Barry1974 Posts: 5, Reputation: 1 New Member #1 Oct 19, 2011, 06:27 AM
I"m a teacher an our step salary schedule is based on a 4.5% increase which INCLUDES both the step AND the yearly raise. It has 15 steps. When comparing step 1 of this year to step one of next year, the annual increase is 3.92%. When comparing step 15 of this year to step 15 of next year the annual increase is 3.57%. I tried to explain to our union that a salary scale calculated in this manner DOES NOT WORK, and over time the percentage difference between step 1 and step 15 is getting smaller. This percent is supposed to stay constant -- from what I've seen on EVERY other salary scale I have found online. Any help on explaining this to people who just "don't get it" would be greatly appreciated. Thank you, Barry
 ArcSine Posts: 969, Reputation: 106 Senior Member #2 Oct 20, 2011, 02:11 PM
Could you clarify a bit on the terms of the arrangement? Are there 15 "pay grades", each one a specified percentage over the immediately preceding one? Or is each step a specified dollar amount over the preceding level? And are the annual raises the same percentage for each level?
 Barry1974 Posts: 5, Reputation: 1 New Member #3 Nov 30, 2011, 07:34 PM
Hi Arc, I attached a link to the salary scale. We just got a new contract and it's the same problem. They call it a 4.5% increase but it's a 4.5% for everyone on the scale and this percentage includes both the annual and the step. I figured out the annual percentage alone -- check it out.
 Barry1974 Posts: 5, Reputation: 1 New Member #4 Nov 30, 2011, 07:34 PM
 ArcSine Posts: 969, Reputation: 106 Senior Member #5 Dec 1, 2011, 05:47 AM
I see that the absolute amount of the raise is in the $1,830 -$1,850 range, roughly, for each of the 15 levels. But on a percentage basis, an 1,830 raise for someone currently at 45,000 (4.1%) is quite different from that same 1,830 for someone presently at 50,000 (3.7%).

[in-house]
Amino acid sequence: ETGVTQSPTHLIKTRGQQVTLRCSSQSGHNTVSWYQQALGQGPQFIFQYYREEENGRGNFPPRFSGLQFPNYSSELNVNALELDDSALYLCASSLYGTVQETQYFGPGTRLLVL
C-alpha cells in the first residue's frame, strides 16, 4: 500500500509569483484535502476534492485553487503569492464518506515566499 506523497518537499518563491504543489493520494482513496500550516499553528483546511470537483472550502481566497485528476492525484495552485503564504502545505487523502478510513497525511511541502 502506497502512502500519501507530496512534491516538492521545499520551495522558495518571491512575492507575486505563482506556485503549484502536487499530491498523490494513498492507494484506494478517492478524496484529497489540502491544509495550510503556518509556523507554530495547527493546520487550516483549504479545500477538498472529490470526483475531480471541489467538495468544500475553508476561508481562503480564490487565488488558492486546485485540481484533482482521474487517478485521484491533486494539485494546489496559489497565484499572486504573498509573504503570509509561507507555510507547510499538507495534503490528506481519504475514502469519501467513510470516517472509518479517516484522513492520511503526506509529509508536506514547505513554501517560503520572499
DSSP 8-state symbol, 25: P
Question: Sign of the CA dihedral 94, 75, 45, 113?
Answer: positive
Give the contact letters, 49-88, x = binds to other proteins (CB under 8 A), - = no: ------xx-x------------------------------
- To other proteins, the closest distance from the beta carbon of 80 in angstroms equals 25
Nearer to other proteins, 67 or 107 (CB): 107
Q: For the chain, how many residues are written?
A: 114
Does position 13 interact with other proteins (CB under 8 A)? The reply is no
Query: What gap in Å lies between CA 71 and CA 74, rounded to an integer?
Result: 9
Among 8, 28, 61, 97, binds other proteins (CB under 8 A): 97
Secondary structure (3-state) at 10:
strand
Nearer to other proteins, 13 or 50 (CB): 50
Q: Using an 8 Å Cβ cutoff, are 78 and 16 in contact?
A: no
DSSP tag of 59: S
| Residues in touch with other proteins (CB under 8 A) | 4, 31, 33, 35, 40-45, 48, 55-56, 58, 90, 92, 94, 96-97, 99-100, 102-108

I'm not sure if that's the point you're going for, but that much is clear.

(BTW, I think you've got a typo on the 4th level. The numbers as shown imply just a 0.65% increase.)
 Barry1974 Posts: 5, Reputation: 1 New Member #6 Dec 1, 2011, 08:05 AM
Arc, that number should be \$49,386. Sorry.
 Barry1974 Posts: 5, Reputation: 1 New Member #7 Dec 1, 2011, 08:08 AM
He's the main problem I see: The percentage difference of step 1 and step 15 gets smaller each year with this method of calculation. Wouldn't a SET annual raise keep the percentage difference between step 1 and step 15 consistent as time goes on? According to my calculations, it would... I just want some expert advice! :) Thank you!
 ArcSine Posts: 969, Reputation: 106 Senior Member #8 Dec 1, 2011, 10:54 AM
The percentage diff between any two levels would be kept constant if they received the same percentage raise, but not if they received the same dollar raise.

Generalizing, take any two arbitrary, unequal positive amounts a and b. If they are both increased by some percentage r (expressed as a decimal), then their post-increase ratio is

$\frac{a(1+r)}{b(1+r)} \ = \ \frac{a}{b}$; i.e. their post-increase ratio is identical to their pre-raise ratio. It's readily apparent that this would hold true for any number of periods as long as both levels received the same percentage raise each period.

Wrapping this around some illustrative numbers, take 40,000 and 44,000. That is, the higher level is 10% greater than the lower. Suppose each level gets a 7% raise, putting them at 42,800 and 47,080 respectively. The ol' calculator shows that the higher level remains precisely 110% of the lower.

It's also simple to prove that for any two positive numbers a and b with a > b > 0, if you add the same positive quantity x to both, then

$\frac{a+x}{b+x} \ < \ \frac{a}{b}$; that is, their post-raise ratio is less than their pre-raise ratio.

Again with the same starting levels (40K and 44K), give 'em both a 3K raise. After the raise the higher level is only 9.3% greater than the lower, whereas it was 10% higher before the raise.

Hence, the percentage diff between any two levels would shrink if they received the same dollar raise, but would remain unchanged if they received the same percentage raise.

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